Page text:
Under the agreement, the two longtime partners intend to work together to pursue new business opportunities with government agencies, helping them upgrade and install new technology and computer systems using Microsoft products. Financial terms of the deal were not disclosed.
Lockheed's services unit will initially focus on providing support to implement certain Microsoft software, including Windows DNA, which is used in building distributed Web applications. Lockheed will also help ensure that the technology complies with federal security standards to safeguard U.S. government communications and data.
In mid-day trading, shares of Microsoft inched 22 cents higher to $69.92. Lockheed fell 95 cents to $38.05.
In recent months, large professional services companies, including Computer Sciences, Electronic Data Systems and IBM Global Services, have nabbed a string of government technology contracts. EDS, for one, is working on a huge government services contract it won last October to help develop and upgrade an intranet for the U.S. Navy and Marine Corps.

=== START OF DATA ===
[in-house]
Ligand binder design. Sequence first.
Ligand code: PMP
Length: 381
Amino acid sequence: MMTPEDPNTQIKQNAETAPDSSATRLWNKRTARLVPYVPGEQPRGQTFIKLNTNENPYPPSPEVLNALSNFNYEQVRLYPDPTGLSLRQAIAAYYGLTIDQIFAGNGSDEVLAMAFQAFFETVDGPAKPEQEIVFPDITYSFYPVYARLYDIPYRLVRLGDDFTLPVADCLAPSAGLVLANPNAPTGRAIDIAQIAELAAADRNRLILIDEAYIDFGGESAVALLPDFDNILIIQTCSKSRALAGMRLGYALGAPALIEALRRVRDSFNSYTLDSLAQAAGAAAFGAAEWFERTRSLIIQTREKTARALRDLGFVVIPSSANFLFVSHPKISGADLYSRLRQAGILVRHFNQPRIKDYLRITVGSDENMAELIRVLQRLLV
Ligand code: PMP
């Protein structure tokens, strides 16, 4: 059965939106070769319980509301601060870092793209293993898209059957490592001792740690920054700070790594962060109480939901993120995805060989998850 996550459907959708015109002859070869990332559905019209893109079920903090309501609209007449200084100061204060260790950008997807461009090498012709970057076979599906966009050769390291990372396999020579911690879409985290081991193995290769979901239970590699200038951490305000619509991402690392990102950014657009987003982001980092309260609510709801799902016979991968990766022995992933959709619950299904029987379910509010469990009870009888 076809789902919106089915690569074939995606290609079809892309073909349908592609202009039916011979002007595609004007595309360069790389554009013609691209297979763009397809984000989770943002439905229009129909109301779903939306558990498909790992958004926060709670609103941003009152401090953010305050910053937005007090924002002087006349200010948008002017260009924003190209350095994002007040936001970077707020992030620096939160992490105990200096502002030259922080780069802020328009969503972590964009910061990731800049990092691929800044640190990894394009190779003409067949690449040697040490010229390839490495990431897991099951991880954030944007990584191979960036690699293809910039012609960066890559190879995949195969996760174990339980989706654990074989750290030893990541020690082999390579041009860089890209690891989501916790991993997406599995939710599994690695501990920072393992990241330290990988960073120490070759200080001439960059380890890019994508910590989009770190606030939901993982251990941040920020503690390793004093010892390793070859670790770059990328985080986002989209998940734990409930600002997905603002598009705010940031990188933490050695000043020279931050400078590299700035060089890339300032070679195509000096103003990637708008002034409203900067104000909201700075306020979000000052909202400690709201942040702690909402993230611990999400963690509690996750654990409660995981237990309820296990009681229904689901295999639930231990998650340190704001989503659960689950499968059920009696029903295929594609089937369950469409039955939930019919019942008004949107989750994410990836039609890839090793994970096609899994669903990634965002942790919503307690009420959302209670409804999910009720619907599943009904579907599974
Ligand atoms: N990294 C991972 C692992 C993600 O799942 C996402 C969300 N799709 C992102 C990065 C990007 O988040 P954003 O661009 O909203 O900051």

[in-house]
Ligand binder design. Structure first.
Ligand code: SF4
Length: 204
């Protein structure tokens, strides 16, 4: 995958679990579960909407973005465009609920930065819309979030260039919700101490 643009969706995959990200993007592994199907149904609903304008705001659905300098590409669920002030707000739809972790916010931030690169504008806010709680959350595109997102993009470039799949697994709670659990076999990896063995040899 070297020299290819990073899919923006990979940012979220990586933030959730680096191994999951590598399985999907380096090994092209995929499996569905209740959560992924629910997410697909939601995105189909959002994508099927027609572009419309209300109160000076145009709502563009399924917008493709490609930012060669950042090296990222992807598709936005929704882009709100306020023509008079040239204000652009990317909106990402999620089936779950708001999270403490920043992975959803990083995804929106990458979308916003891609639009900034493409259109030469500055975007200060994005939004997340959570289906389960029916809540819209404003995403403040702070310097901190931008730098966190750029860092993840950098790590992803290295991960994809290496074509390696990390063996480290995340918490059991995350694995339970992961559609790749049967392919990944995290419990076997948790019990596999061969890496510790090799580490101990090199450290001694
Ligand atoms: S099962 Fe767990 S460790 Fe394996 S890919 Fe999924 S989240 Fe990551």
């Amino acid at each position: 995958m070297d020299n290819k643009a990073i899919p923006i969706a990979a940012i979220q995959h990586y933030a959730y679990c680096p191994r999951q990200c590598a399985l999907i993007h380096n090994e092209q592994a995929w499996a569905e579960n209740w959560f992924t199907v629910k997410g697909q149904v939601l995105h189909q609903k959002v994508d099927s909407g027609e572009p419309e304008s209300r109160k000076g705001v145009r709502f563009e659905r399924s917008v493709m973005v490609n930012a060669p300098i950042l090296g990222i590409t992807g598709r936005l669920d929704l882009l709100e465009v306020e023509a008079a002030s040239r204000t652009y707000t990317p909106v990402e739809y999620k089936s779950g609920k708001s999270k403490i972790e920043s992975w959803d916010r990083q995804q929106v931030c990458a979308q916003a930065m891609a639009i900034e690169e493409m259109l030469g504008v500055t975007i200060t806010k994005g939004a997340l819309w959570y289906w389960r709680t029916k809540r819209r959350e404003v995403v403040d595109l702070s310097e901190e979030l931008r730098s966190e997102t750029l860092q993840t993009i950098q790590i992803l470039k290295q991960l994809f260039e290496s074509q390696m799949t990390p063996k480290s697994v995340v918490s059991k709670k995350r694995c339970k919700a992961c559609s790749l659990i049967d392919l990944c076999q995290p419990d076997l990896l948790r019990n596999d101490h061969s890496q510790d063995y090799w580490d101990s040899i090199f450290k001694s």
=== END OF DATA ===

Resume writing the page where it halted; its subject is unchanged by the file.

Microsoft and Lockheed are already working on several federal deals of their own, including one with the U.S. Air Force that entails a technology upgrade of a large space command and control complex in North America. The two are also part of a team of companies that are vying for a contract with the Navy that calls for developing new products and services to link mail processing and other computer systems.
Microsoft and Lockheed plan to jointly train and certify Lockheed's technical consultants on Microsoft software. Lockheed's four core divisions--aeronautics, space, systems integration and technology services--will have access to the Redmond, Wash., software giant's products under the terms of the agreement.
Lockheed, based in Bethesda, Md., said that nearly $18 billion of its sales last year were a result of U.S. government deals.